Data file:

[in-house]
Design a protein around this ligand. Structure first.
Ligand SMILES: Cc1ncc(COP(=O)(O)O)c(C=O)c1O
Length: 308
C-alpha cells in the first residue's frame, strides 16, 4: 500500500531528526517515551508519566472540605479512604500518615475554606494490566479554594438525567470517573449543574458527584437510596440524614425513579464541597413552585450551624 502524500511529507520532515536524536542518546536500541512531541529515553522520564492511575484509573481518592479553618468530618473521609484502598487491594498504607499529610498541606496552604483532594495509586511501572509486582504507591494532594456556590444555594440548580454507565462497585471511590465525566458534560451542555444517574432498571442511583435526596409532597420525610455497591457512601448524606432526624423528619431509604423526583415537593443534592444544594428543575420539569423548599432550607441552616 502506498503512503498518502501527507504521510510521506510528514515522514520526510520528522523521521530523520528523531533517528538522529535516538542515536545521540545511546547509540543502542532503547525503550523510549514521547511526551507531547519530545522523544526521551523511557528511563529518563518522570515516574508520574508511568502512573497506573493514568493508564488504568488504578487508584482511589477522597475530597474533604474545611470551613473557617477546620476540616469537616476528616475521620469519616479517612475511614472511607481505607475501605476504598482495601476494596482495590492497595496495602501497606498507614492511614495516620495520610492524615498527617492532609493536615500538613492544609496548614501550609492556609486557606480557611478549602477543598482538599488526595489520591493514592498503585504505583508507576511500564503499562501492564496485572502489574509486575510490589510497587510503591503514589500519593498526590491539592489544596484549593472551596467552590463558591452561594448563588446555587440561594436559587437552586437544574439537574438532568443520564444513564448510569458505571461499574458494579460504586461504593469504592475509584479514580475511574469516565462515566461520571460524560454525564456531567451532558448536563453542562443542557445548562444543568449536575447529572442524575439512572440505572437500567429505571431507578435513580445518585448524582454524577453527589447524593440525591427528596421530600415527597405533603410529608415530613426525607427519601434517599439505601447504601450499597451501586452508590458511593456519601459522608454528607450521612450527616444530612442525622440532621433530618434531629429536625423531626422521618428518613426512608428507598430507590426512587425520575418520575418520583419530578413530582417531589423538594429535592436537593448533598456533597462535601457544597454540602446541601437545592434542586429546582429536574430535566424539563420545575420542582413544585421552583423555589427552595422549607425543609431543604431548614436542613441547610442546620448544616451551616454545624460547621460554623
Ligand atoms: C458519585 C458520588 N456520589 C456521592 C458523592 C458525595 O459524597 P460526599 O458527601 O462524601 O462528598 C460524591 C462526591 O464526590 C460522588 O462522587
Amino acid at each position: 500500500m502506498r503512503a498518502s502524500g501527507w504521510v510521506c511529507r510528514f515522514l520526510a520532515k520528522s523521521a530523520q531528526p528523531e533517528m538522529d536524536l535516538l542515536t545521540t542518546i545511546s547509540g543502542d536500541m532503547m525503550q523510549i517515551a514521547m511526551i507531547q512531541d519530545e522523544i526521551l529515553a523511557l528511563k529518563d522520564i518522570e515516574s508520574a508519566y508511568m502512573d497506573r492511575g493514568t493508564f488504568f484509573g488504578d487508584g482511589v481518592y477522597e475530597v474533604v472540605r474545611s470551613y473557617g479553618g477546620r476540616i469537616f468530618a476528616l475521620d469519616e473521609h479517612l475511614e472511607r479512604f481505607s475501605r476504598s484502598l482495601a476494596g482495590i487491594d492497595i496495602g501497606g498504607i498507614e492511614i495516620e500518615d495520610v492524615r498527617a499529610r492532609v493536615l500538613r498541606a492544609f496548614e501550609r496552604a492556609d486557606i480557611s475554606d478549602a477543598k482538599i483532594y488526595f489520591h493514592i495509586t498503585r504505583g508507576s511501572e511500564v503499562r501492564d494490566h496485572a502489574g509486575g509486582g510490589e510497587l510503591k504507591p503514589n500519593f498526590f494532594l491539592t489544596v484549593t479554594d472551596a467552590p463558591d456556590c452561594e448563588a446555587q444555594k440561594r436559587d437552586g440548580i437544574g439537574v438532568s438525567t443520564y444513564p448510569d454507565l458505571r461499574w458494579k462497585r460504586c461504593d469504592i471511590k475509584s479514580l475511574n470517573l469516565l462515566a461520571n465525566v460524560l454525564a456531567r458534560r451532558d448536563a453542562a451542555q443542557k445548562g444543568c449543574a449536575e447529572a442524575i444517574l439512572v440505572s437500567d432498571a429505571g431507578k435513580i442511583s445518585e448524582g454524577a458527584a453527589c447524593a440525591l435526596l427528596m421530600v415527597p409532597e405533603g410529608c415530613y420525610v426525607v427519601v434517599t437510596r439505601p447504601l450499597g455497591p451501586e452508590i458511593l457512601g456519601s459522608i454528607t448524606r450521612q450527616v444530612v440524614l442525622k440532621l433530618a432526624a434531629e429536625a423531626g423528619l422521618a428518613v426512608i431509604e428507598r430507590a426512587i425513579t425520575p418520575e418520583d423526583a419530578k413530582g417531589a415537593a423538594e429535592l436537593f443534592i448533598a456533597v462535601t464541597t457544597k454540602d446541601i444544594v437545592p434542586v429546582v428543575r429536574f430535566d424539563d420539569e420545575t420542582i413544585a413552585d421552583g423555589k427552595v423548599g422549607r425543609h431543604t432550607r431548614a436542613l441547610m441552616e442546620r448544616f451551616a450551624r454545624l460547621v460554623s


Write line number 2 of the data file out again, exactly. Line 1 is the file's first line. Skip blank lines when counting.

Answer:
Design a protein around this ligand. Structure first.